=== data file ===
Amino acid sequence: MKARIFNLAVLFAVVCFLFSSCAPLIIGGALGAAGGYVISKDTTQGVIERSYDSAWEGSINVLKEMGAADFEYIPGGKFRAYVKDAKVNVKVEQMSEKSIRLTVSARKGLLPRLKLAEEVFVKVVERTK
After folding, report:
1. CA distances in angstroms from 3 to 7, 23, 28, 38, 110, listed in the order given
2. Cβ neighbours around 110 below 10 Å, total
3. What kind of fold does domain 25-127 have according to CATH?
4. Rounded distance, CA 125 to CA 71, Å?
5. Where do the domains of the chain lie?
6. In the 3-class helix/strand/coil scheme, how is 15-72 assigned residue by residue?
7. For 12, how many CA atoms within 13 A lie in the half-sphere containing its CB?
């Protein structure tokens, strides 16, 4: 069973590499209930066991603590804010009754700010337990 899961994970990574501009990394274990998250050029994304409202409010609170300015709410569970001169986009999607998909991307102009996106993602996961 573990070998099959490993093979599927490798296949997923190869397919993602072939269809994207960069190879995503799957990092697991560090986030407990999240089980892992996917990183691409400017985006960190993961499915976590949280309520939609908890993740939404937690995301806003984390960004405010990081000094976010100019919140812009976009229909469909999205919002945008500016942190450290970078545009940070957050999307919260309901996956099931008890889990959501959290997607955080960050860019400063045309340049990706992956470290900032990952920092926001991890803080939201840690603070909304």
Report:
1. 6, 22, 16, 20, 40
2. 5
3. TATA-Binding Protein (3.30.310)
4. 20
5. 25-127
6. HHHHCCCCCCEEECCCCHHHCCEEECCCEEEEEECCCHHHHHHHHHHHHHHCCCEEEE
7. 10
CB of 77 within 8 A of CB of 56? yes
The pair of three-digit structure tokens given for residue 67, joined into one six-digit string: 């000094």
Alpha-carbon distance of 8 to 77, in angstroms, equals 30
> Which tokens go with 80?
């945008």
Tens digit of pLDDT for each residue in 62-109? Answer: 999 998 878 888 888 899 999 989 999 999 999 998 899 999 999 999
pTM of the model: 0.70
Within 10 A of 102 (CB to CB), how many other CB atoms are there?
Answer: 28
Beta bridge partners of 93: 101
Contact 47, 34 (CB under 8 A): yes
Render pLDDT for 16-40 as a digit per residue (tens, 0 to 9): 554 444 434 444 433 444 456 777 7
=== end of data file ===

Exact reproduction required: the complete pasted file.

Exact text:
Amino acid sequence: MKARIFNLAVLFAVVCFLFSSCAPLIIGGALGAAGGYVISKDTTQGVIERSYDSAWEGSINVLKEMGAADFEYIPGGKFRAYVKDAKVNVKVEQMSEKSIRLTVSARKGLLPRLKLAEEVFVKVVERTK
After folding, report:
1. CA distances in angstroms from 3 to 7, 23, 28, 38, 110, listed in the order given
2. Cβ neighbours around 110 below 10 Å, total
3. What kind of fold does domain 25-127 have according to CATH?
4. Rounded distance, CA 125 to CA 71, Å?
5. Where do the domains of the chain lie?
6. In the 3-class helix/strand/coil scheme, how is 15-72 assigned residue by residue?
7. For 12, how many CA atoms within 13 A lie in the half-sphere containing its CB?
């Protein structure tokens, strides 16, 4: 069973590499209930066991603590804010009754700010337990 899961994970990574501009990394274990998250050029994304409202409010609170300015709410569970001169986009999607998909991307102009996106993602996961 573990070998099959490993093979599927490798296949997923190869397919993602072939269809994207960069190879995503799957990092697991560090986030407990999240089980892992996917990183691409400017985006960190993961499915976590949280309520939609908890993740939404937690995301806003984390960004405010990081000094976010100019919140812009976009229909469909999205919002945008500016942190450290970078545009940070957050999307919260309901996956099931008890889990959501959290997607955080960050860019400063045309340049990706992956470290900032990952920092926001991890803080939201840690603070909304």
Report:
1. 6, 22, 16, 20, 40
2. 5
3. TATA-Binding Protein (3.30.310)
4. 20
5. 25-127
6. HHHHCCCCCCEEECCCCHHHCCEEECCCEEEEEECCCHHHHHHHHHHHHHHCCCEEEE
7. 10
CB of 77 within 8 A of CB of 56? yes
The pair of three-digit structure tokens given for residue 67, joined into one six-digit string: 């000094």
Alpha-carbon distance of 8 to 77, in angstroms, equals 30
> Which tokens go with 80?
């945008």
Tens digit of pLDDT for each residue in 62-109? Answer: 999 998 878 888 888 899 999 989 999 999 999 998 899 999 999 999
pTM of the model: 0.70
Within 10 A of 102 (CB to CB), how many other CB atoms are there?
Answer: 28
Beta bridge partners of 93: 101
Contact 47, 34 (CB under 8 A): yes
Render pLDDT for 16-40 as a digit per residue (tens, 0 to 9): 554 444 434 444 433 444 456 777 7